However, what makes the work a really outstanding piece of travel literature is that Johnson goes beyond a mere logging of events and dates.
Perhaps the earliest example of traveling for the sake of travel and writing about it is Petrarch's (1304-1374) ascent of Mount Ventoux in 1336. The key feature that distinguishes this piece of writing from a mere record of events is the parallel Petrarch draws between climbing the mountain and his moral development as a person. In fact, it is precisely this allegory that adds literary value to the work. Although Johnson, unlike Petrarch, has not been a participant of the travel, and even the travel itself is absolutely fictitious the book still remains a travel narrative precisely for this reason: it is full of clear and hidden insights, values and deep philosophic meaning. Johnson makes a clear allegorical comparison between Rasselas' physical travel and his pursuit of happiness.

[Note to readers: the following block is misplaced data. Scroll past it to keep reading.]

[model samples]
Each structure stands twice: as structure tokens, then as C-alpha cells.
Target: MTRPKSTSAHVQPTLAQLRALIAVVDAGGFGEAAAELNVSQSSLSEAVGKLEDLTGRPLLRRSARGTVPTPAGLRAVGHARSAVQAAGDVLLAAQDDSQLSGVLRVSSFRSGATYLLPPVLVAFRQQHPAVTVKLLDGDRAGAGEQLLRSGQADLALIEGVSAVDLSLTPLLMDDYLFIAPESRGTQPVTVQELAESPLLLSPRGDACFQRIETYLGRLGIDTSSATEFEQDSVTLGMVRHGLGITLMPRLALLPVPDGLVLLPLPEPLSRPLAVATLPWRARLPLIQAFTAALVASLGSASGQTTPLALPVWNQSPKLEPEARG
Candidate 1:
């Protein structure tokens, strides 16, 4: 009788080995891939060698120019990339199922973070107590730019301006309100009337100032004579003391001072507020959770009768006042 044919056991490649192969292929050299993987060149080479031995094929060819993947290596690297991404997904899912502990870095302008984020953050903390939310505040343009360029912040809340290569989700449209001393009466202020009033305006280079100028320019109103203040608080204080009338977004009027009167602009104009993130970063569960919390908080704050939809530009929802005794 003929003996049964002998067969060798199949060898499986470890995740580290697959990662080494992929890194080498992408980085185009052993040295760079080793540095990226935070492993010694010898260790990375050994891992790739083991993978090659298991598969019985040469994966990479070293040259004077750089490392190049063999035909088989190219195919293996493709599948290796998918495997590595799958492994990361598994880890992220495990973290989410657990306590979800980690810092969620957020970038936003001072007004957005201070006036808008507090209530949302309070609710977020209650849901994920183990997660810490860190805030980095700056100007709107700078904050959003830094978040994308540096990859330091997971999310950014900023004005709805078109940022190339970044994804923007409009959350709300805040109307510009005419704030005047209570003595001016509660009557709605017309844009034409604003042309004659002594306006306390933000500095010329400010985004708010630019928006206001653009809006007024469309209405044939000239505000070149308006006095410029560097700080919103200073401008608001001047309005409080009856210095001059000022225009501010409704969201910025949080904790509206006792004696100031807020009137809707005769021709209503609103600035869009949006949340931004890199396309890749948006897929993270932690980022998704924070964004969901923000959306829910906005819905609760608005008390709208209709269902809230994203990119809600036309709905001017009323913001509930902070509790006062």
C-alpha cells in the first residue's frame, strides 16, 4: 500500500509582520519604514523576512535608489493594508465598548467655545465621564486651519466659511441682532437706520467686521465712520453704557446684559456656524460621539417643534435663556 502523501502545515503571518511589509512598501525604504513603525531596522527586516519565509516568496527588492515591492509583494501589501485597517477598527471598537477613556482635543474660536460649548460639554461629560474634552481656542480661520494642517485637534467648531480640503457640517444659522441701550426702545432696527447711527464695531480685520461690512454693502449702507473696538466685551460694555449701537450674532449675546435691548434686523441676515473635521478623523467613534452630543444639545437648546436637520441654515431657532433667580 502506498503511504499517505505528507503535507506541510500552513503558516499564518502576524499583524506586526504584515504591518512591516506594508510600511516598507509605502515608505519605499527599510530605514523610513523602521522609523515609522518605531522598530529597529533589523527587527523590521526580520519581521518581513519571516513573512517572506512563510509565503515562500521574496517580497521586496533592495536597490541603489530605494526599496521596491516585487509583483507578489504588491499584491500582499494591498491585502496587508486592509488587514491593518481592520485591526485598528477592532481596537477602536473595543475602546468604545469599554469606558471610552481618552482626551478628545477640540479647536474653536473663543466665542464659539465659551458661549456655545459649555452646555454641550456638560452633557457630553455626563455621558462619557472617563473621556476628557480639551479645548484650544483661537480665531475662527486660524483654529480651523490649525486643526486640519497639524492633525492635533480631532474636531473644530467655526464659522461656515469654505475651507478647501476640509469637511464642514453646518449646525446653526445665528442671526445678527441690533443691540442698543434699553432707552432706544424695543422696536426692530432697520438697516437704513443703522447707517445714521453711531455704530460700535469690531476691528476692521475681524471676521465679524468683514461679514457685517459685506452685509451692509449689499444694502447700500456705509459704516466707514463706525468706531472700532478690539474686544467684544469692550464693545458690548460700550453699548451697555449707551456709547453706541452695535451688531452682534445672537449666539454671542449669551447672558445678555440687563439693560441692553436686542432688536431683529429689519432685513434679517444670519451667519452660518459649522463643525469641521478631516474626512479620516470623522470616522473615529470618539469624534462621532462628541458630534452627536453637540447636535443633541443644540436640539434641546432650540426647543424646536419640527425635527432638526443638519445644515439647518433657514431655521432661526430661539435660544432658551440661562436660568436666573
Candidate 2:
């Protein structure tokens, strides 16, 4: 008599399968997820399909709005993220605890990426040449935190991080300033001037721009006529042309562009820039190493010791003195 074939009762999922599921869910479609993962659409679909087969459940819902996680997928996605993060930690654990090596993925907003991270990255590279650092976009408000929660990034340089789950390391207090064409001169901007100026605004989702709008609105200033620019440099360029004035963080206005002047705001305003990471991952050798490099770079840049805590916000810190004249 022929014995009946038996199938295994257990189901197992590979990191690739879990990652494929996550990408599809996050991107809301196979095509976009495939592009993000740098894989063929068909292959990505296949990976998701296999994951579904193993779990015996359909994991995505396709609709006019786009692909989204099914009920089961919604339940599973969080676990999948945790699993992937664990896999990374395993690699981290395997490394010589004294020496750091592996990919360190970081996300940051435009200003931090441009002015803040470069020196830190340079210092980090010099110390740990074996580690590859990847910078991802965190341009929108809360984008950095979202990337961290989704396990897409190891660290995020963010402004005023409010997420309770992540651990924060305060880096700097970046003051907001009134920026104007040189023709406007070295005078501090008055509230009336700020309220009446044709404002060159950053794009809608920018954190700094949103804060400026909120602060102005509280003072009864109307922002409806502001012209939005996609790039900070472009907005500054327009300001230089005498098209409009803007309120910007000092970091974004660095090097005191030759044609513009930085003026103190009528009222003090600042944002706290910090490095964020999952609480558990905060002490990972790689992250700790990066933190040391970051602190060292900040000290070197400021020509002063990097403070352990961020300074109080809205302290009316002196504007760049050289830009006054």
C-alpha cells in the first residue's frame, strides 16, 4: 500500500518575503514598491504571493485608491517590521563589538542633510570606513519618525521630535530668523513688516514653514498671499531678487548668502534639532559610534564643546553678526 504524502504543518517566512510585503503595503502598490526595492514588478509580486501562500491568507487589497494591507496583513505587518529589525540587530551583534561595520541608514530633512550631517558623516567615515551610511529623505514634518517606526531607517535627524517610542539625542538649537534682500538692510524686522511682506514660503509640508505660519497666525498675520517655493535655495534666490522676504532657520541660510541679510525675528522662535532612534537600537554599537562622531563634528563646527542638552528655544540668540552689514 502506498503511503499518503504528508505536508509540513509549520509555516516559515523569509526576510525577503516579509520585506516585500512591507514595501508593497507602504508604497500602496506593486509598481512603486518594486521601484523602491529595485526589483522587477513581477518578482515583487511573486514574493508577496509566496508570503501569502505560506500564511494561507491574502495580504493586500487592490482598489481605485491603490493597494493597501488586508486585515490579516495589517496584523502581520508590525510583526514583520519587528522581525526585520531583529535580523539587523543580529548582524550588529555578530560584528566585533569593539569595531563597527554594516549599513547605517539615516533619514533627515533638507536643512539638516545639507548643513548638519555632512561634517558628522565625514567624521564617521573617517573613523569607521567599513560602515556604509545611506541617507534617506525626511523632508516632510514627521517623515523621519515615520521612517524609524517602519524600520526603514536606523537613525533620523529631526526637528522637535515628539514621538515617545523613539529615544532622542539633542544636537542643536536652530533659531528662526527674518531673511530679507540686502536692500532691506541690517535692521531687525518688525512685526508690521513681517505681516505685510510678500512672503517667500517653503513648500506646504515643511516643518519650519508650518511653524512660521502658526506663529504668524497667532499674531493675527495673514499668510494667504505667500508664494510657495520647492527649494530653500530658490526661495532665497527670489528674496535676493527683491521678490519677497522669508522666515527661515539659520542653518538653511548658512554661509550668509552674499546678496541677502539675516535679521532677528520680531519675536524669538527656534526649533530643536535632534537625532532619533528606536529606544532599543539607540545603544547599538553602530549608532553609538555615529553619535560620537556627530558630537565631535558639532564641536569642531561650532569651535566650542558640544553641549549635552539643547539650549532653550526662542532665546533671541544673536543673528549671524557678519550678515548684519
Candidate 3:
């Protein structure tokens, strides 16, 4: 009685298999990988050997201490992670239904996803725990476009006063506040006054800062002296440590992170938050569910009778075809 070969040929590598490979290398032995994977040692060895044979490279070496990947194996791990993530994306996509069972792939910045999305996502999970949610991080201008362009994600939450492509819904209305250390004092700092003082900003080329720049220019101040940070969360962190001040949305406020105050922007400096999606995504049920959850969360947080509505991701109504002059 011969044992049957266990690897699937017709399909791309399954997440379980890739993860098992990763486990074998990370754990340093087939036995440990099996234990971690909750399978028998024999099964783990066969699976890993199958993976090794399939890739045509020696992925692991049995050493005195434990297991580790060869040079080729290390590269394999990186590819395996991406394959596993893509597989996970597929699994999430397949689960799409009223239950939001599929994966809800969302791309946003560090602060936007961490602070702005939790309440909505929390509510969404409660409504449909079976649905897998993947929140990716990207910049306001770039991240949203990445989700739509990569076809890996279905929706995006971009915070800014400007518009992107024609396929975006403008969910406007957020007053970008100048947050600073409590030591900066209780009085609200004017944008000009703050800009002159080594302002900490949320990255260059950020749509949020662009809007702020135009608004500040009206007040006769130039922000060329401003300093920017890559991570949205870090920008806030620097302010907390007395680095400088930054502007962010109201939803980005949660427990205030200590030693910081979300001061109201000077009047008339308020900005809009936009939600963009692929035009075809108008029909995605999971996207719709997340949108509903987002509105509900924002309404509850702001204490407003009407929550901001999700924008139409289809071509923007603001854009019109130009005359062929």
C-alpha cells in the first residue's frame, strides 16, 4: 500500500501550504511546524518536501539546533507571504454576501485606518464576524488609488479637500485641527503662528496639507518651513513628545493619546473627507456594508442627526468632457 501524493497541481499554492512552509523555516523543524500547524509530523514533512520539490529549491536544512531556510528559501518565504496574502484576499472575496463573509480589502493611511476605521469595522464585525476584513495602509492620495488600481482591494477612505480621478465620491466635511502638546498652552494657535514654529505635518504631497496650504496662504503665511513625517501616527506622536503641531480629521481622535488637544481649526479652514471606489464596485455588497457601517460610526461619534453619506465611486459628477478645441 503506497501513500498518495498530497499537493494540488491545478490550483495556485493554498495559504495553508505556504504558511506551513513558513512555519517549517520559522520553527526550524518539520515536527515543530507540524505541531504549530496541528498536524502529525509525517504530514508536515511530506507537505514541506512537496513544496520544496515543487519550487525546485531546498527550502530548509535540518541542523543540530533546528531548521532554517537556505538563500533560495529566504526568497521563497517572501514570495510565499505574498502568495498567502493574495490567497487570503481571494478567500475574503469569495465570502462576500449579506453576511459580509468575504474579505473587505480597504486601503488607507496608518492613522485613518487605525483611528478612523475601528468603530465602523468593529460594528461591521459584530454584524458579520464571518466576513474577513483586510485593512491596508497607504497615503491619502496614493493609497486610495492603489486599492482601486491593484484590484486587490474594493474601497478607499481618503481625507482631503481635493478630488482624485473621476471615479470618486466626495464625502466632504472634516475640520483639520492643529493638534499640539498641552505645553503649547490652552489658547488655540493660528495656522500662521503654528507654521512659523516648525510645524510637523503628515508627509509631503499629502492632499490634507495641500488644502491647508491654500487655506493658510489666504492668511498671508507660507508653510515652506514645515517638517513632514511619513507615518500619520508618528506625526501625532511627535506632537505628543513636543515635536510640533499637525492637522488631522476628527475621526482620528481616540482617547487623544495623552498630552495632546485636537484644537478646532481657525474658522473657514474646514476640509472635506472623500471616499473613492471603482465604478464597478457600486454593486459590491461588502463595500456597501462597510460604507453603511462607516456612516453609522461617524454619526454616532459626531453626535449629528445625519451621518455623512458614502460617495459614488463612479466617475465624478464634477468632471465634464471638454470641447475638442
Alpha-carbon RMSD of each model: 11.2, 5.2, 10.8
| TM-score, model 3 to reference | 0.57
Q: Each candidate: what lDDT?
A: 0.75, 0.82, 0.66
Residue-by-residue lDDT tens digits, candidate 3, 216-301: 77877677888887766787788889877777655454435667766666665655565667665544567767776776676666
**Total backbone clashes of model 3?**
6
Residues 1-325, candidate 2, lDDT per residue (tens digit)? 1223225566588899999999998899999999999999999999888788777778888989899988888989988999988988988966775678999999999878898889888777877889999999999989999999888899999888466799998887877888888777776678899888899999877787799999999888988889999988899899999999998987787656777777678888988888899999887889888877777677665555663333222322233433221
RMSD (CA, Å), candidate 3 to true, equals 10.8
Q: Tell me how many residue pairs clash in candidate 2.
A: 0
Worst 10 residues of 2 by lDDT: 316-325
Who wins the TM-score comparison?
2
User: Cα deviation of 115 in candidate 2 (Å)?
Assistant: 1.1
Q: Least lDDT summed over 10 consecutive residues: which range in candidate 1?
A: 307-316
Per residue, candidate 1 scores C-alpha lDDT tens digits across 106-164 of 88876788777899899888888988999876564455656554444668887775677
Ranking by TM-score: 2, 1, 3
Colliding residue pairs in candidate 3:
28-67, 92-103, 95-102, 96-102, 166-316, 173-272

The author describes the story of Prince Rasselas of Abyssinia, the young prince who embarks on the long and difficult road to find happiness. Being unsatisfied with a cloudless life of having anything at the moment he wants it, Rasselas is inclined to leave Happy Valley, his home. But even before the prince's leave, Johnson gives us a hint to facilitate further understanding of the novel: Rasselas claims "I fancy that I should be happy if I had something to pursue" (Johnson, 1999: 8).
As one well-known ...